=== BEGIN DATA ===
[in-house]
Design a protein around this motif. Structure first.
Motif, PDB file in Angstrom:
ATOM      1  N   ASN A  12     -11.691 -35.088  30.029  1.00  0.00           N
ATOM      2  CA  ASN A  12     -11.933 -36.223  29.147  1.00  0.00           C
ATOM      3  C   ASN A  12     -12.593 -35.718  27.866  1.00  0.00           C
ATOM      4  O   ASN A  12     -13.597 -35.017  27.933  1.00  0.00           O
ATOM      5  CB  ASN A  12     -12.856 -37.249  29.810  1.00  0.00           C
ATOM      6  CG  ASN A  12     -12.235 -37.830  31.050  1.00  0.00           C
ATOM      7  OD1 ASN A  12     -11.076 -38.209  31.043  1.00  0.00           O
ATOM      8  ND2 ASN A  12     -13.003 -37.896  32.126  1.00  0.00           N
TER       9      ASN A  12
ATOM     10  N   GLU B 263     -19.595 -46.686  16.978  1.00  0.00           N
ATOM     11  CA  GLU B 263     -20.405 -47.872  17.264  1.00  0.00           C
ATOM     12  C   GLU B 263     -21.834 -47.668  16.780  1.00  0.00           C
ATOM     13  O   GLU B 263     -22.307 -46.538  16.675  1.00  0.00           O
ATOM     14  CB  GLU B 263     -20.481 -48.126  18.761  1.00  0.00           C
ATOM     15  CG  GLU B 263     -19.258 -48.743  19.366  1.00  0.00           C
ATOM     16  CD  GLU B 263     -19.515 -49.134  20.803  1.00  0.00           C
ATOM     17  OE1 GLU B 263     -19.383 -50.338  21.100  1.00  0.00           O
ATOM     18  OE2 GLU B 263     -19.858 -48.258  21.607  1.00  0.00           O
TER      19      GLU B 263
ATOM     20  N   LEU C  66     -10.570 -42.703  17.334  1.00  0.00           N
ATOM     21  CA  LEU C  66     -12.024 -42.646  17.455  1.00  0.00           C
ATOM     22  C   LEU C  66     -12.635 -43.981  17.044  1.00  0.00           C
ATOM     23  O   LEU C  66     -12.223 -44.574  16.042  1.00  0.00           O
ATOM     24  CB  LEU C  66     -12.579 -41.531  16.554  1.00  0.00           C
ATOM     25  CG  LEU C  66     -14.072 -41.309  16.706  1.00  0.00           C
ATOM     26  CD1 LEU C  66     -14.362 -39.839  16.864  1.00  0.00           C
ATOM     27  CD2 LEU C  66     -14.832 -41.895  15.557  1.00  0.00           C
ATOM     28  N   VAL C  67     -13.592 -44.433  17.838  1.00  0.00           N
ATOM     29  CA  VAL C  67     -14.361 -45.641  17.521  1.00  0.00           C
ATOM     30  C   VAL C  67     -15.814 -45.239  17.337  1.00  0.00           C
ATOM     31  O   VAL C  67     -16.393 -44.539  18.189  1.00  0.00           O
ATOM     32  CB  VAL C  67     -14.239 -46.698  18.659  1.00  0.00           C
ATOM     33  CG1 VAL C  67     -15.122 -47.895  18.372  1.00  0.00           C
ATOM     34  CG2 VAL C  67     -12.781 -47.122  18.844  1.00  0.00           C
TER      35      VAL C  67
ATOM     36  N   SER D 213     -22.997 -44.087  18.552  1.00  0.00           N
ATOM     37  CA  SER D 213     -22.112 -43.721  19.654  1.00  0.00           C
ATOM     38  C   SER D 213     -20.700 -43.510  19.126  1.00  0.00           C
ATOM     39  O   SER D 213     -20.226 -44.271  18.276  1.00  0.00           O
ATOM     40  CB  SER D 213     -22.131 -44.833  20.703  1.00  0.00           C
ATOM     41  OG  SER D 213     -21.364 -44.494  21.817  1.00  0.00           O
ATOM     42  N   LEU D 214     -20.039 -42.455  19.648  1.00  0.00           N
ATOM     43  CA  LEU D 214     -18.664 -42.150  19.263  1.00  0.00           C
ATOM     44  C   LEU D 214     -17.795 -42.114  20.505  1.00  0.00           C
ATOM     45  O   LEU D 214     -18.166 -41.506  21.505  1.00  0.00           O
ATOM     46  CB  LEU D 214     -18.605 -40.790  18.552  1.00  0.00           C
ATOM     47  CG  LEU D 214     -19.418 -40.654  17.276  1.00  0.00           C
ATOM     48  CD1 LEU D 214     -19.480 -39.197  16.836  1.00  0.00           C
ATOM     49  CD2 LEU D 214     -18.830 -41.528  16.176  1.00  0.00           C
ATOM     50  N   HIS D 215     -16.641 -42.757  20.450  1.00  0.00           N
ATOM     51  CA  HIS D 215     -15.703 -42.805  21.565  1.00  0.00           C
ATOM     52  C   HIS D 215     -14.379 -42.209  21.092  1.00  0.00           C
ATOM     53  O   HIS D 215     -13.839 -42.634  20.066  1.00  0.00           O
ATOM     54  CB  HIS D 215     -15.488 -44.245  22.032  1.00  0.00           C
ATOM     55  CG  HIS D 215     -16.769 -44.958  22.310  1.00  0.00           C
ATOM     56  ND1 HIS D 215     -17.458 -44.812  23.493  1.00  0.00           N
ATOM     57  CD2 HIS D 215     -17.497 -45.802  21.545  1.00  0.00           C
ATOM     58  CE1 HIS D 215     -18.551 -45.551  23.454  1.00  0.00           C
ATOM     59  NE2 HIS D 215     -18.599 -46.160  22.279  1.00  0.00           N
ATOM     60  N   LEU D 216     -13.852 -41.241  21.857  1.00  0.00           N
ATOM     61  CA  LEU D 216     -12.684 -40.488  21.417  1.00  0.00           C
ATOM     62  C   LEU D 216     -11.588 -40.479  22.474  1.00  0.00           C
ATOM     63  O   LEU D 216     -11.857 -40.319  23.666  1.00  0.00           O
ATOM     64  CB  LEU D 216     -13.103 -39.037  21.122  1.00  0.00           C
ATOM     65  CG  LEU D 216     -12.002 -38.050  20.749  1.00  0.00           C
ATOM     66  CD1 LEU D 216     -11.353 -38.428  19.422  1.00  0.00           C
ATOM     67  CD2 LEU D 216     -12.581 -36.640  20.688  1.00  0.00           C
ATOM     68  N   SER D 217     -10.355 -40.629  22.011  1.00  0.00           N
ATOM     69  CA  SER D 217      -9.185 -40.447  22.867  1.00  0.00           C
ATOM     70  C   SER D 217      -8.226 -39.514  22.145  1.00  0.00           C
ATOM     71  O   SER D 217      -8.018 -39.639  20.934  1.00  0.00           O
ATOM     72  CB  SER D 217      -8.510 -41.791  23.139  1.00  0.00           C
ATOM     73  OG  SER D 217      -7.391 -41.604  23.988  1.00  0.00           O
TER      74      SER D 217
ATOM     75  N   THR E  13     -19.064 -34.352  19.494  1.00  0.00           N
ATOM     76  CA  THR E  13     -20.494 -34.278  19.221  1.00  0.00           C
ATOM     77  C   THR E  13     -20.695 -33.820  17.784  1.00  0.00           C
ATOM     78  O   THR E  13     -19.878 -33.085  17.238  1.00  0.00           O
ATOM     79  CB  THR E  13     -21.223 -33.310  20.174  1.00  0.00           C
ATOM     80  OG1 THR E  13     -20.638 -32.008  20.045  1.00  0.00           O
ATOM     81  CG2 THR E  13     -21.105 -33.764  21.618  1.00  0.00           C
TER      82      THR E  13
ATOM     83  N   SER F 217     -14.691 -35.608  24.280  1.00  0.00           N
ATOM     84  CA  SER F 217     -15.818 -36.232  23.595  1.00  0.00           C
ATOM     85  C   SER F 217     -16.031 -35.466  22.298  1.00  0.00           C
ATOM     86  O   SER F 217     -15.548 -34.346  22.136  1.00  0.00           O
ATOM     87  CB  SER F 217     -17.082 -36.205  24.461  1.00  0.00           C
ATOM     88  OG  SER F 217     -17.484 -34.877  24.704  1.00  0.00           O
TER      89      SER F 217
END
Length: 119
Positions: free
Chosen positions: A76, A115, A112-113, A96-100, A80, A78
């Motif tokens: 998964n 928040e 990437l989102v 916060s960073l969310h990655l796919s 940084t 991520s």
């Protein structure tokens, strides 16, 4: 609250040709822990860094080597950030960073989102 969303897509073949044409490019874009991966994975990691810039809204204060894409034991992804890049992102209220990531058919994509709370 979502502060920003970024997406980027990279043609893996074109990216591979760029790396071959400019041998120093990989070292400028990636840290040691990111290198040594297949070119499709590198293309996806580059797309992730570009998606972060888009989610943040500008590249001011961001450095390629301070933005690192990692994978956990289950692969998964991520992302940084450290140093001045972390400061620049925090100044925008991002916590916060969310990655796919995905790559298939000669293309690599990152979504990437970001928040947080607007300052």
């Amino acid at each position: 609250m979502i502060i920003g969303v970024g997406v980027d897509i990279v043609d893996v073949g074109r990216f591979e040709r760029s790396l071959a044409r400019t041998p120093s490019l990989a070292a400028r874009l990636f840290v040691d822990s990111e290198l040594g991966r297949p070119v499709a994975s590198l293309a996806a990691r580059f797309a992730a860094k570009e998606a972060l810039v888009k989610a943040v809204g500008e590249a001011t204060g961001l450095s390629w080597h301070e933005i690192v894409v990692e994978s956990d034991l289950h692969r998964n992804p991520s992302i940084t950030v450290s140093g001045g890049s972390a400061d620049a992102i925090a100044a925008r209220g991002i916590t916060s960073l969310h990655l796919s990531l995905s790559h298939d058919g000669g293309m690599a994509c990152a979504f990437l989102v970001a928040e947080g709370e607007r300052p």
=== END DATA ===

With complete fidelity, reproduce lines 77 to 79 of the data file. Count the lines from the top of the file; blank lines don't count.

TER      74      SER D 217
ATOM     75  N   THR E  13     -19.064 -34.352  19.494  1.00  0.00           N
ATOM     76  CA  THR E  13     -20.494 -34.278  19.221  1.00  0.00           C